By John S. Rosenberg
In my first year of graduate school at Yale, the debate over admitting women to the college was still raging. A joke (or maybe it wasn’t) at that time was that the Old Yalies were perfectly willing for the college to go co-ed — so long as no male who would have been admitted in the absence of co-education was rejected … and the size of the entering class was not increased.
I was reminded of this resistance to co-education by a recent front-page story in The New York Times detailing an extraordinary measure the University of Michigan has taken to increase the “diversity” of its entering class. “The size of the freshman class was cut, by 434 students to 6,071,” The Times reports, “and no one was admitted off the waiting list, which favors higher income — often white and Asian — students, who can afford to put down a deposit to reserve admission at another college while they wait.”
“Think about that,” writes Roger Clegg. “People are refused admission, not just because it was preferable to admit someone of a different color (as bad as that is), but because the school wanted to increase the percentage of some colors of students by denying admission to students of other colors.”
Also think about this: what exactly is the nature — leave aside the value — of the “diversity” that is increased simply by reducing the number of the ‘non-diverse’ admits? Kedra Ishop, Michigan’s associate vice president for enrollment management (who no doubt developed her skills restricting whites and Asians as director of admissions at the University of Texas), must believe that blacks and Hispanics possess only a finite amount of “diversity” to disperse, and that restricting the numbers who benefit in mysterious ways from being exposed to them will thus increase the dose of it each of the non-diverse will receive.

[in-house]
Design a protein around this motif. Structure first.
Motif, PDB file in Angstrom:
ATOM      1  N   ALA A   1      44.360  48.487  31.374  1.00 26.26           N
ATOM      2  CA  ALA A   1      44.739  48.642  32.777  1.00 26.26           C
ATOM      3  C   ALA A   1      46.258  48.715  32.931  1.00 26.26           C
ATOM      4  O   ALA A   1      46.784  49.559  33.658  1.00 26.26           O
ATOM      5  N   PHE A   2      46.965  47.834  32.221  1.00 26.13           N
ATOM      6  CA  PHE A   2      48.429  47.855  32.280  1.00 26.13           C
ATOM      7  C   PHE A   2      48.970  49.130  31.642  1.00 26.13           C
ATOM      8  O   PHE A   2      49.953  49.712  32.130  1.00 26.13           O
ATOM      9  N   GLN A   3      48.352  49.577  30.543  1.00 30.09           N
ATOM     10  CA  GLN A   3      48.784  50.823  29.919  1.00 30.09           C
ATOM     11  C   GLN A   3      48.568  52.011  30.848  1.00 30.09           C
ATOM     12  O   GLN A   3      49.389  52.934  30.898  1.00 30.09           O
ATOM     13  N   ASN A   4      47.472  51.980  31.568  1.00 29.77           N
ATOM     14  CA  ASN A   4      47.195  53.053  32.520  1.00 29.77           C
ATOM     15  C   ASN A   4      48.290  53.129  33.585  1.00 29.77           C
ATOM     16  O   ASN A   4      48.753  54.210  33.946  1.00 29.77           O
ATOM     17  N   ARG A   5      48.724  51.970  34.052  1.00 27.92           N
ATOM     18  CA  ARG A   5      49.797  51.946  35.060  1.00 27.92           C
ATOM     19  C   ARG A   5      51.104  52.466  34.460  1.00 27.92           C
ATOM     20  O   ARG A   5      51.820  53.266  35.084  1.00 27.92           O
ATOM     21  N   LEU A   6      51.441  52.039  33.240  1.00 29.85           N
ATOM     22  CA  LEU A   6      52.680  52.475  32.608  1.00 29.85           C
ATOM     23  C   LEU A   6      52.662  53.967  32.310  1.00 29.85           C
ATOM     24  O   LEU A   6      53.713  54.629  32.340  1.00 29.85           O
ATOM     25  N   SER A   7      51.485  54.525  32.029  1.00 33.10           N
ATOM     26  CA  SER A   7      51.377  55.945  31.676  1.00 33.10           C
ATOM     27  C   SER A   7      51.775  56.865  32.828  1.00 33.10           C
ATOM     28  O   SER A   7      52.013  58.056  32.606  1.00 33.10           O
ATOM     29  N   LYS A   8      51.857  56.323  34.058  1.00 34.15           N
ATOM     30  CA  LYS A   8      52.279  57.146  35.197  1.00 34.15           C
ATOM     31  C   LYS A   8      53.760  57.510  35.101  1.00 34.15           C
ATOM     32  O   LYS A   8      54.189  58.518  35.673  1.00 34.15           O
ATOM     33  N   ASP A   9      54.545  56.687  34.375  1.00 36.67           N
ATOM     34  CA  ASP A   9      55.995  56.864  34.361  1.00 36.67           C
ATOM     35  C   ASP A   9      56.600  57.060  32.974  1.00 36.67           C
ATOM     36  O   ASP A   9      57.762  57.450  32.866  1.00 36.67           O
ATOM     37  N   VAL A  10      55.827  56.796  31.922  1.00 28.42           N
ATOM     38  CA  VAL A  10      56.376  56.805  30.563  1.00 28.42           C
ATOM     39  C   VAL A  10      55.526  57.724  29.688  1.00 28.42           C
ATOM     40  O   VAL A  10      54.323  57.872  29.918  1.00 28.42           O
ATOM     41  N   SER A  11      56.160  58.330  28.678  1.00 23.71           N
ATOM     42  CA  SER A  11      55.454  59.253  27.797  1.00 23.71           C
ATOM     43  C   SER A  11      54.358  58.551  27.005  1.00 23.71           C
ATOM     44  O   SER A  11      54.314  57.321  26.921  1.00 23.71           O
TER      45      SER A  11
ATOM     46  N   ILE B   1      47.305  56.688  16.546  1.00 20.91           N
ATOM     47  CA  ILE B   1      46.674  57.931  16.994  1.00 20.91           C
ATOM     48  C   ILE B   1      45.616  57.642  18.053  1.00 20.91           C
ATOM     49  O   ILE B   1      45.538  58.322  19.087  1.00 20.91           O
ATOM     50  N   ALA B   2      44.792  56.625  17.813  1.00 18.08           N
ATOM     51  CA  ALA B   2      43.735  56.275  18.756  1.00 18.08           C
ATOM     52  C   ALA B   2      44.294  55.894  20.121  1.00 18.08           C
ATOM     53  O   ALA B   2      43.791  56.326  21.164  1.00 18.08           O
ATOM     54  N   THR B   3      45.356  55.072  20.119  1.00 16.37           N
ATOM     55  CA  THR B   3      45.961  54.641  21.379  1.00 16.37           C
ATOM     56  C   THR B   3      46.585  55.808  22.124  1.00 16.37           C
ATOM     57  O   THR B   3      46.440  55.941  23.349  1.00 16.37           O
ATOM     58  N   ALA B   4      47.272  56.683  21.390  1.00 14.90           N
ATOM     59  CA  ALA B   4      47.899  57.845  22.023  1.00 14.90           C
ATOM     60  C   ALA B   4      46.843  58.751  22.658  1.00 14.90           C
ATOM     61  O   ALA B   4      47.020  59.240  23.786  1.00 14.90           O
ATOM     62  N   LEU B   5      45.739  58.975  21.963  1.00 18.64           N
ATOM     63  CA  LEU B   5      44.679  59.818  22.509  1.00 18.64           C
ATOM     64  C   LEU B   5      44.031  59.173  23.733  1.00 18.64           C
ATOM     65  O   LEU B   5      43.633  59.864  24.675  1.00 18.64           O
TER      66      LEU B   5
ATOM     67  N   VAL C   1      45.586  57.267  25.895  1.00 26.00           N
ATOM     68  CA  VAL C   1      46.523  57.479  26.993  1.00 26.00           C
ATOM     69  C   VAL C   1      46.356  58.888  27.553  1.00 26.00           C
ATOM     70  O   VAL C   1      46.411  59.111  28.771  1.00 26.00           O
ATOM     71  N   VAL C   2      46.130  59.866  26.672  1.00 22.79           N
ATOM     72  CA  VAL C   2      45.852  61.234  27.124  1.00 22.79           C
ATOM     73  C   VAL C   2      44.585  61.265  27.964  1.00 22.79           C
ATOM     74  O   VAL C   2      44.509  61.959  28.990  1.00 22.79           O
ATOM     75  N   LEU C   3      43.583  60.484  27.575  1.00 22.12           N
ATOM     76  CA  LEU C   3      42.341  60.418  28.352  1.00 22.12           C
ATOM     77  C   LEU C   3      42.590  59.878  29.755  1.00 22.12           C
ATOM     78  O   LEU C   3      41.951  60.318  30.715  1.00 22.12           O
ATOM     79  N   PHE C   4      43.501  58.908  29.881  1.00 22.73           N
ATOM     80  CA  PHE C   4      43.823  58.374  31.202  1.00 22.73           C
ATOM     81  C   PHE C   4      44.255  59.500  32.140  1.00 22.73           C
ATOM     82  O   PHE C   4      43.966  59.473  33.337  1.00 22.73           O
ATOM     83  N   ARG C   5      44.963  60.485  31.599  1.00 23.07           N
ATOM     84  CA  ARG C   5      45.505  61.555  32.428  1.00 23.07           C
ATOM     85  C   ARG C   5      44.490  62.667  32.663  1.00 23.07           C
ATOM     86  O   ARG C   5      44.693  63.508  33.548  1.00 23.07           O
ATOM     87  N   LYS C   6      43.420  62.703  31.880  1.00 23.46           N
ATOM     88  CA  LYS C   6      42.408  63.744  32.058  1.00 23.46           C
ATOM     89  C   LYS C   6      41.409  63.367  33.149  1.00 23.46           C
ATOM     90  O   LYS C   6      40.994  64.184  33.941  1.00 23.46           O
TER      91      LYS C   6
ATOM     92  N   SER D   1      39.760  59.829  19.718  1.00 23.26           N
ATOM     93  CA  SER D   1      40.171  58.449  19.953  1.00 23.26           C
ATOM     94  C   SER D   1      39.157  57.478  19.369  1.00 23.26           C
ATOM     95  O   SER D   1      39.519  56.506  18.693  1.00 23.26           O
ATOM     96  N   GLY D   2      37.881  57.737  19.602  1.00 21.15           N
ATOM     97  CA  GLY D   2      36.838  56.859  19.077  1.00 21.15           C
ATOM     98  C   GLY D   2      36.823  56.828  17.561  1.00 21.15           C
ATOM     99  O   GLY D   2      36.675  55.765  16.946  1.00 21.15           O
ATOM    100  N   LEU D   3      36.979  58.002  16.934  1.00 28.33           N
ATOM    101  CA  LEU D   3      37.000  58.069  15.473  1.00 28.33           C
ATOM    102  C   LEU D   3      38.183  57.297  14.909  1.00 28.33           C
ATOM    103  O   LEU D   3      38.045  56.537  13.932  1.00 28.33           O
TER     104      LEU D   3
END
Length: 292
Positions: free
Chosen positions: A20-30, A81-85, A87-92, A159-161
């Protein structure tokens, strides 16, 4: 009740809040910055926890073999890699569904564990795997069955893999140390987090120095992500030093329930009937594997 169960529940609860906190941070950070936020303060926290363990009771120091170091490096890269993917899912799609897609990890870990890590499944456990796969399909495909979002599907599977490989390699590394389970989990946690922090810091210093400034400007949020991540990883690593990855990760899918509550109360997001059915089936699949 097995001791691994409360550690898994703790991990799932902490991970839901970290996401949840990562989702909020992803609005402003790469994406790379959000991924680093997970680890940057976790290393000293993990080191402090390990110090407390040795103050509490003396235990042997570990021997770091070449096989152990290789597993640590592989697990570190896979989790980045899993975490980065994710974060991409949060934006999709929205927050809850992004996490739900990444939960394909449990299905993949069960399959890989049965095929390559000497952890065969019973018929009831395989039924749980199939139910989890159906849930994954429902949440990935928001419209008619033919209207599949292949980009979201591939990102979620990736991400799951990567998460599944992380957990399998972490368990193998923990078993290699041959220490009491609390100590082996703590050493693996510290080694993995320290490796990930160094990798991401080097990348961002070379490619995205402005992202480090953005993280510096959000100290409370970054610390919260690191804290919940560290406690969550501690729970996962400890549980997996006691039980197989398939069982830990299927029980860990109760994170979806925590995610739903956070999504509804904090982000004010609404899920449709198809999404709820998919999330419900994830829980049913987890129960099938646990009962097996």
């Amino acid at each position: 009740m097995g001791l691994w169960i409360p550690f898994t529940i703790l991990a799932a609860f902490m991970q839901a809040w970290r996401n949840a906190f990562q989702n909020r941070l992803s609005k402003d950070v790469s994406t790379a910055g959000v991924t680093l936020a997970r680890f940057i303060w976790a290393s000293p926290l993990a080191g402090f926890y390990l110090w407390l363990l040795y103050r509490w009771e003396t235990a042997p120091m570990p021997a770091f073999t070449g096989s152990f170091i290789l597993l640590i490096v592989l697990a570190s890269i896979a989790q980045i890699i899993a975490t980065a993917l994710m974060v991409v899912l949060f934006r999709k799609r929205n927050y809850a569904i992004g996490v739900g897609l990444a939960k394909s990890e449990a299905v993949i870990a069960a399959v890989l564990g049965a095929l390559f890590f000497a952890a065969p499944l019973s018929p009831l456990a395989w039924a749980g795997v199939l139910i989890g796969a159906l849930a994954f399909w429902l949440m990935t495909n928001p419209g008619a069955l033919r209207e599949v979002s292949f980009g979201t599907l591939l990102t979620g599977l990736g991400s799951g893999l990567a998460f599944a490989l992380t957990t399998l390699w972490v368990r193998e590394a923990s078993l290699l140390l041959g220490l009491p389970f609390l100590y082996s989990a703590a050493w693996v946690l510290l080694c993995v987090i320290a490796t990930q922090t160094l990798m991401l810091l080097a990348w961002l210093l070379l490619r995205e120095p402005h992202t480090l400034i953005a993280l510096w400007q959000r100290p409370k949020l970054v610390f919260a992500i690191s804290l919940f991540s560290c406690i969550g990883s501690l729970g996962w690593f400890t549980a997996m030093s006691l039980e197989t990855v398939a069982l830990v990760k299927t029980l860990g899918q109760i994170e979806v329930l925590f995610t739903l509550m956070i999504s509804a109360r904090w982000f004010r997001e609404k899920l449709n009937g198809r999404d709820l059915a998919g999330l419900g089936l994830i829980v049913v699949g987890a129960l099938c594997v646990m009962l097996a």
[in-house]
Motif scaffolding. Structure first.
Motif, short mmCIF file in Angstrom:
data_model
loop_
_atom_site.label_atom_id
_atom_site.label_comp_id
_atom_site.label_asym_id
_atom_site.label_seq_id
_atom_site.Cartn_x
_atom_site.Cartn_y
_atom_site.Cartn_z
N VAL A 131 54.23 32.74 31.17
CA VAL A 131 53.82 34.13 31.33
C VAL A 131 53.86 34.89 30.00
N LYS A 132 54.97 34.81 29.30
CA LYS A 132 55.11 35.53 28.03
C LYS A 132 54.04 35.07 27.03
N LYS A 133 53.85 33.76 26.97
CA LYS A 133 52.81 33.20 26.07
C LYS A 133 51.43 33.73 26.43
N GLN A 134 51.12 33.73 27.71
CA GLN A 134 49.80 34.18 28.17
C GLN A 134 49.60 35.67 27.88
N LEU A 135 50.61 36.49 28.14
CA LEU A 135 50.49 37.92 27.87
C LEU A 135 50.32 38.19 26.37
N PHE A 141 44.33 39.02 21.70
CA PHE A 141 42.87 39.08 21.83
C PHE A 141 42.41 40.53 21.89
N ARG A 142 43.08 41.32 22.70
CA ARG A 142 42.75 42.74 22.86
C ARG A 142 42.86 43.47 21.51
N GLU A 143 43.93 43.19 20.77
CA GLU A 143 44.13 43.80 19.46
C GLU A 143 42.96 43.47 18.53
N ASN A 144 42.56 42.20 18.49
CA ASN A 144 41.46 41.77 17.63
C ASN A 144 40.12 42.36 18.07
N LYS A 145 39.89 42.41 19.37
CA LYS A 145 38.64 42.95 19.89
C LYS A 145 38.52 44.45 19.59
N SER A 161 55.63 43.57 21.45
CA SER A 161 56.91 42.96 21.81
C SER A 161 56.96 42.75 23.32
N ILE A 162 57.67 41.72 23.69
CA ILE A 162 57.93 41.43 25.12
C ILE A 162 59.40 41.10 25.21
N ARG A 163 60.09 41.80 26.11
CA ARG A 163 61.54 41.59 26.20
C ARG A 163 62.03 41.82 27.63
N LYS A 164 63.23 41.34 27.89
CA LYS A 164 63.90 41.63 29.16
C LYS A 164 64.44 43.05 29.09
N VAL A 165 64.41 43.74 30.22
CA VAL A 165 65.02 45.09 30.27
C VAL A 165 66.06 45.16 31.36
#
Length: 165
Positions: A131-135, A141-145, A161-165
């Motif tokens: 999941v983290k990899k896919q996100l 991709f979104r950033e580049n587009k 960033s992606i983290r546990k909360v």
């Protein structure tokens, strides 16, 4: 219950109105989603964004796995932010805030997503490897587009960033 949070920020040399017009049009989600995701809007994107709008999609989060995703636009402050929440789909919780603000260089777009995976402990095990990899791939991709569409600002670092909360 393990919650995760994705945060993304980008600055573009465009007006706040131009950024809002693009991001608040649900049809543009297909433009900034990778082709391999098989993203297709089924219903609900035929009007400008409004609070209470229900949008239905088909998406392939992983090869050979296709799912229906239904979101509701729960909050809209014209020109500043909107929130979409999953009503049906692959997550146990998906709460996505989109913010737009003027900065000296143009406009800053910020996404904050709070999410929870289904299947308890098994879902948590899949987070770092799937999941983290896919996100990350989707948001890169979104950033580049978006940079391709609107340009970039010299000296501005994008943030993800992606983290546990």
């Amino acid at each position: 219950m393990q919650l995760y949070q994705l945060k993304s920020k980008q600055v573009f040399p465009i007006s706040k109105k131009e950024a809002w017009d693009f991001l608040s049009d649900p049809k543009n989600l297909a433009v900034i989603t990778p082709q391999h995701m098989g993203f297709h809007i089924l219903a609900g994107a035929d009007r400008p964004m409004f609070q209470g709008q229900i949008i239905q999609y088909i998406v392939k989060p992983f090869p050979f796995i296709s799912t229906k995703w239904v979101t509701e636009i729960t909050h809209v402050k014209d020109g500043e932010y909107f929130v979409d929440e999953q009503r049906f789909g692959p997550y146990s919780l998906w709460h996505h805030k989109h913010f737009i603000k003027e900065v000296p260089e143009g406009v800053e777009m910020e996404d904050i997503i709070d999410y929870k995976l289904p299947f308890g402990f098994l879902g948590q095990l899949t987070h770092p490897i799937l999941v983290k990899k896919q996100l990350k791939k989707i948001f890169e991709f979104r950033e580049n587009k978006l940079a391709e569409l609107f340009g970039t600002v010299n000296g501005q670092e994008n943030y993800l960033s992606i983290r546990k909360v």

Refusing to admit any applicants from the waiting list because more of them are white and Asian is nothing more, or less, than intentional racial discrimination, different only in degree but not in kind from the ostensibly neutral “grandfather clauses” once used by Southern states to restrict black voting.
It is also not Michigan’s first foray into discrimination by proxy. Its “Descriptor Plus” demographic data analysis program developed in conjunction with the College Board (now called “Segment Analysis Service”) was an attempt to harvest minority students without appearing to do so.
That program segments the entire U.S. population into 180,000 “neighborhoods,” and then places each into one of 30 “clusters” with unique attributes such as mean SAT scores, parental education levels, percentage of high school graduates entering college, and percentage of minority students. “Using these collected attributes and clusters,” the Michigan Review reported, “U-M hopes to preserve current minority enrollment levels while obeying the letter, if not the spirit, of Proposal 2 [which banned the consideration of race].”
According to Teresa Sullivan, now the formerly embattled president of the University of Virginia but then the provost of the University of Michigan (and as a sociologist specializing in labor force demography and affirmative action no doubt heavily involved in the development of “Descriptor Plus”), these demographic indicators are “applied in a holistic admissions evaluation” and “are not simple substitutes for race or ethnicity.”
“Of course they are not ‘simple substitutes for race and ethnicity,’” as I commented here. “They are complex, expensive substitutes.” (For more on the exemplary career of Teresa Sullivan as an affirmative action apparatchik, see my “Was Teresa Sullivan an Affirmative Action Hire?” here and here.)
Michigan’s purely numbers-driven desire to restrict the admission of Asians and whites and its “diversity”-justified discrimination by demographic proxy is both offensive and presumptively illegal. Even Grutter described “outright racial balancing” as “patently unconstitutional,” and in Parents Involved Chief Justice Roberts noted that a fatal flaw of the “racial balance” sought by the school districts is that it was defined “solely by reference to the demographics of the respective school districts.”
John Rosenberg blogs at Discriminations